(For the record, I don’t write editorials for national newspapers. And if I did, I wouldn’t have written that).

Anyhow, the point is the same: if someone’s stuck at the ad hominem stage, then it’s very difficult to do the kind of stuff we want to do: reasoned and considered debate.

So what to do?

Basically, the trick I like to use is to tackle things from the side, obliquely casting light.

This relies on you thinking about what it is that you want to discuss about the big issue, and then finding another way to discuss that.

Thus for Brexit, I find it useful to talk about principles of British and of EU politics, to explore what they are in more abstract terms, before then inviting people to make their own application to the matter in hand.

In its strongest form, you might not even talk about the elephant at all: it’s why historians have it easy, because they can always find another example with which to paint a picture without enflaming the same passions.

It’s why I chose the commemorative plate: it’s not the couple themselves, but it does cast light on the nature of popular buy-in (literally as well as metaphorically) and myth-making, as well as the unreasonableness of our expectations (exhibit 2 was going to be a full-page photo in another paper entitled “happy ever after”, which is a hostage to fortune if ever there was one).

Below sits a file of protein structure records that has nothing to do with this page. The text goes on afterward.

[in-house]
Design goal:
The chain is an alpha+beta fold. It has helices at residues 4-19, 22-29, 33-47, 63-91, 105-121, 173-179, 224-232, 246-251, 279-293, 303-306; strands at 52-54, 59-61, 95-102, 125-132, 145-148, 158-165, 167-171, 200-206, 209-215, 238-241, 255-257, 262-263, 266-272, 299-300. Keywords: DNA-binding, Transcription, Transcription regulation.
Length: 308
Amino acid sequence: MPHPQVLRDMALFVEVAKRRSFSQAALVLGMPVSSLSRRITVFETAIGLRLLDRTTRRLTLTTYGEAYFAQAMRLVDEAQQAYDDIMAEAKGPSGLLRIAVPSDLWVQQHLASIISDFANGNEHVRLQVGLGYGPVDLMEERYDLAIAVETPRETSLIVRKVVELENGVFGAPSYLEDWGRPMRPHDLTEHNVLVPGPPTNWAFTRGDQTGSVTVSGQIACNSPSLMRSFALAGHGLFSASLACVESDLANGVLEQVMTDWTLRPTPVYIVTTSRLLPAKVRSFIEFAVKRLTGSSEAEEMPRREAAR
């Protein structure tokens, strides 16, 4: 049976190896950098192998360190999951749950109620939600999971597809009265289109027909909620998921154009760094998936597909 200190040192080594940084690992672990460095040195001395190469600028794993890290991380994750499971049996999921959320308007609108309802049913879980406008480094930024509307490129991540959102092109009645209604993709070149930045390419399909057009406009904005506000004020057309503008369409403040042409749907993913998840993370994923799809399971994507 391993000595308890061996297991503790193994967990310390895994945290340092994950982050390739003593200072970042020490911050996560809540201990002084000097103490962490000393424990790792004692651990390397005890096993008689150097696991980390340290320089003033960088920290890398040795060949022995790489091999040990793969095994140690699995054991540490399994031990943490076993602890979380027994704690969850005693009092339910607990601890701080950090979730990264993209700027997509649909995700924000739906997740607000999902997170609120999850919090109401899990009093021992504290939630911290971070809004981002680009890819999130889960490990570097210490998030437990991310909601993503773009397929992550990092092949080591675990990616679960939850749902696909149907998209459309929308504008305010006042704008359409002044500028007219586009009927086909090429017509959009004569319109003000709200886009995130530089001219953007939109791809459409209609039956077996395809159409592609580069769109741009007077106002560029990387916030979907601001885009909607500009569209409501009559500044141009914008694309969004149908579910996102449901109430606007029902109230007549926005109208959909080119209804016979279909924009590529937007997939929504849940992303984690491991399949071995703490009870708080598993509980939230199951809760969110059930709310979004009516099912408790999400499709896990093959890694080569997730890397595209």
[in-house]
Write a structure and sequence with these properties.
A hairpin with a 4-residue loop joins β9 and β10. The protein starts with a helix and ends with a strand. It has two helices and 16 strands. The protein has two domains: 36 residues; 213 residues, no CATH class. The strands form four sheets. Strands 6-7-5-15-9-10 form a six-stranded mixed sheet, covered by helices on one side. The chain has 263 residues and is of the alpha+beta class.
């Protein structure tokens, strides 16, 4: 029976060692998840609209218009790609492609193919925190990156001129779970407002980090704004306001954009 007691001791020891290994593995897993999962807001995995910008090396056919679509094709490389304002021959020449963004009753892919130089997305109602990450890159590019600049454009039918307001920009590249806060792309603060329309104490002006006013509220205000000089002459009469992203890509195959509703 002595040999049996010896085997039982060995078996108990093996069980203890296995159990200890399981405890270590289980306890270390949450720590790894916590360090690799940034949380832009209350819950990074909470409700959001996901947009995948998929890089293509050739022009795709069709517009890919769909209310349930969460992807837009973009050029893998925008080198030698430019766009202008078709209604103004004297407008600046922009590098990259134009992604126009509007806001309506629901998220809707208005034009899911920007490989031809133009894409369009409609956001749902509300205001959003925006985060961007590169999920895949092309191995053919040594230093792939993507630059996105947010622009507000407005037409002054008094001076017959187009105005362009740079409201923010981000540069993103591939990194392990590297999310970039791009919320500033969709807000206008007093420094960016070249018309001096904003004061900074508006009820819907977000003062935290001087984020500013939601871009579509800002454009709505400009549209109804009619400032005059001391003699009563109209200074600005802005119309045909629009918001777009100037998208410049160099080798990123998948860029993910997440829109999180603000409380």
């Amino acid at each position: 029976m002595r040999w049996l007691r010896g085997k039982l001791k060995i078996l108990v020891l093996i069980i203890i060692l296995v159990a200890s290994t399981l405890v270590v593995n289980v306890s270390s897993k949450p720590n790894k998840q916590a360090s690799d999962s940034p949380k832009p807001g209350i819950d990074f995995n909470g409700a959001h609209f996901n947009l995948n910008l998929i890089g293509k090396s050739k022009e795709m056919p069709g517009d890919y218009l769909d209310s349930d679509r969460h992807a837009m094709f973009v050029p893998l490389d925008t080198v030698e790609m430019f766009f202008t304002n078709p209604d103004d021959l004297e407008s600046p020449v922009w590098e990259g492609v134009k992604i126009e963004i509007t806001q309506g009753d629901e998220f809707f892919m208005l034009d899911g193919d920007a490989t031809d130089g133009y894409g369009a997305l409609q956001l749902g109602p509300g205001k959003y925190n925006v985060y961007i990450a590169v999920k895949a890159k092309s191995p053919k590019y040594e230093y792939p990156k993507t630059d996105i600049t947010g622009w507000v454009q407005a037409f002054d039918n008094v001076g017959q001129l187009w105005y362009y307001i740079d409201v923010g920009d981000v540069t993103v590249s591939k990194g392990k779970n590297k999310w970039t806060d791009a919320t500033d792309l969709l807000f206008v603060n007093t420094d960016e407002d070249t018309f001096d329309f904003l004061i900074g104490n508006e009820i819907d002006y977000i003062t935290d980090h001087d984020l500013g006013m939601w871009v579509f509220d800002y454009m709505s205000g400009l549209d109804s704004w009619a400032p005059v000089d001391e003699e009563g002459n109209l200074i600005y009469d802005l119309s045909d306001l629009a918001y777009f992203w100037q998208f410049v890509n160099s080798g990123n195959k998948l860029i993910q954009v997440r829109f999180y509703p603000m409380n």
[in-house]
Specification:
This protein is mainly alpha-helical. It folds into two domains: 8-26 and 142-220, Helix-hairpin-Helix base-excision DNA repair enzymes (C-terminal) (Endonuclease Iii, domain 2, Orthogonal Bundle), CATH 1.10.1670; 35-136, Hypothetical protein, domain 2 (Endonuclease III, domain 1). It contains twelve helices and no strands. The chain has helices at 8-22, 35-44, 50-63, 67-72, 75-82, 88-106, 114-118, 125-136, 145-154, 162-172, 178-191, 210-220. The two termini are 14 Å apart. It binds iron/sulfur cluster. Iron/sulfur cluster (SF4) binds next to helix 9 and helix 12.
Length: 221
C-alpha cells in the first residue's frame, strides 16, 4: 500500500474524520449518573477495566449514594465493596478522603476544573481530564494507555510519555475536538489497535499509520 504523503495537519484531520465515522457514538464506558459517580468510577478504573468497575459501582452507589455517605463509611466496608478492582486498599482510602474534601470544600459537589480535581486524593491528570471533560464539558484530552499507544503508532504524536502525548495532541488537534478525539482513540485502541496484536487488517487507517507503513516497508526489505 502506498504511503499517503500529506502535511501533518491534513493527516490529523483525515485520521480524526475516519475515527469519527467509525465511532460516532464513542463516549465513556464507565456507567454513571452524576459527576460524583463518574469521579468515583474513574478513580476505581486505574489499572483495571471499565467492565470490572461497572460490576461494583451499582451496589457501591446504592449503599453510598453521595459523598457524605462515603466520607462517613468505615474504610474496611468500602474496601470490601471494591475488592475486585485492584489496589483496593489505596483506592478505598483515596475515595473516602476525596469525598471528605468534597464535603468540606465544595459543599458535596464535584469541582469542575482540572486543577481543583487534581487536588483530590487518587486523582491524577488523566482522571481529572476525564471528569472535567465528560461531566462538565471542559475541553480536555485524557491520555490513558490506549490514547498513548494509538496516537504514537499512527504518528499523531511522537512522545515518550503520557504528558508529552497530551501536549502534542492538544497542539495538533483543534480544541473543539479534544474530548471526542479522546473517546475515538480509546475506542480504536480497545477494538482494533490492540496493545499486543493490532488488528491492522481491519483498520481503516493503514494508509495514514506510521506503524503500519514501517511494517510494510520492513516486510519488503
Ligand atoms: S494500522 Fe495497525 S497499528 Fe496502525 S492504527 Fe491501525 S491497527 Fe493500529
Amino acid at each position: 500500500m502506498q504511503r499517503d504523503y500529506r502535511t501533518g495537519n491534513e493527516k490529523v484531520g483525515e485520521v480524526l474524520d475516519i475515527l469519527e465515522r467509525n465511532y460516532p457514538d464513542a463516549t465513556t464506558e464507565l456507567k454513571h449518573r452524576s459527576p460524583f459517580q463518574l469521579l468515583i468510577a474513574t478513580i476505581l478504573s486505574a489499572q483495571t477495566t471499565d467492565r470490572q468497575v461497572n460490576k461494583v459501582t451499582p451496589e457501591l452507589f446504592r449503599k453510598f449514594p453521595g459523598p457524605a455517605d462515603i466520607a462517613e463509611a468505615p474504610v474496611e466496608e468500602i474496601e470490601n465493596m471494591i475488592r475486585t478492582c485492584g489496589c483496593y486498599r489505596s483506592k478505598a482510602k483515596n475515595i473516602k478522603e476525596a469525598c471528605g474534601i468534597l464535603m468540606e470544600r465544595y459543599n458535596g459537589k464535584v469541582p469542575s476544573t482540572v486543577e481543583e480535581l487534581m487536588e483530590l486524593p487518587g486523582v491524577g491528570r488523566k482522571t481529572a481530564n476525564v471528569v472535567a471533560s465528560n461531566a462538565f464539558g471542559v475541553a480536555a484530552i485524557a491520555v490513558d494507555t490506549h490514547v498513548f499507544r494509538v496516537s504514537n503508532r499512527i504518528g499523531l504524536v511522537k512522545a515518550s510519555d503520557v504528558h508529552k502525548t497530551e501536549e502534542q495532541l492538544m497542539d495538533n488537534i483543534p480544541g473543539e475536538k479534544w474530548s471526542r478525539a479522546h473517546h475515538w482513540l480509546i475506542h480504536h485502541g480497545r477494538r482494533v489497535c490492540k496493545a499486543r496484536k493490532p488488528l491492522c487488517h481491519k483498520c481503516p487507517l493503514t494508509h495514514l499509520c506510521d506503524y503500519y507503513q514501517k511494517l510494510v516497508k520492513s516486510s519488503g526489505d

Sometimes, you don’t have to talk about the thing, to talk about the thing.

A quick reminder: come to Cyprus and discuss the impact of active learning

A couple of months back I told you about the call for papers for the ECPR’s Joint Sessions in Nicosia, Cyprus, where Peter Bursens and I are running a workshop on the impact of active learning.

Well, the deadline is now closing fast, so this is your prod to get those abstracts in, so we can decide whether we want to spend a week with you, alternative having intense academic debate and enjoying the Mediterranean sea.

There were various queries when we announced the call, so it might be of help to you to run over the key points again now.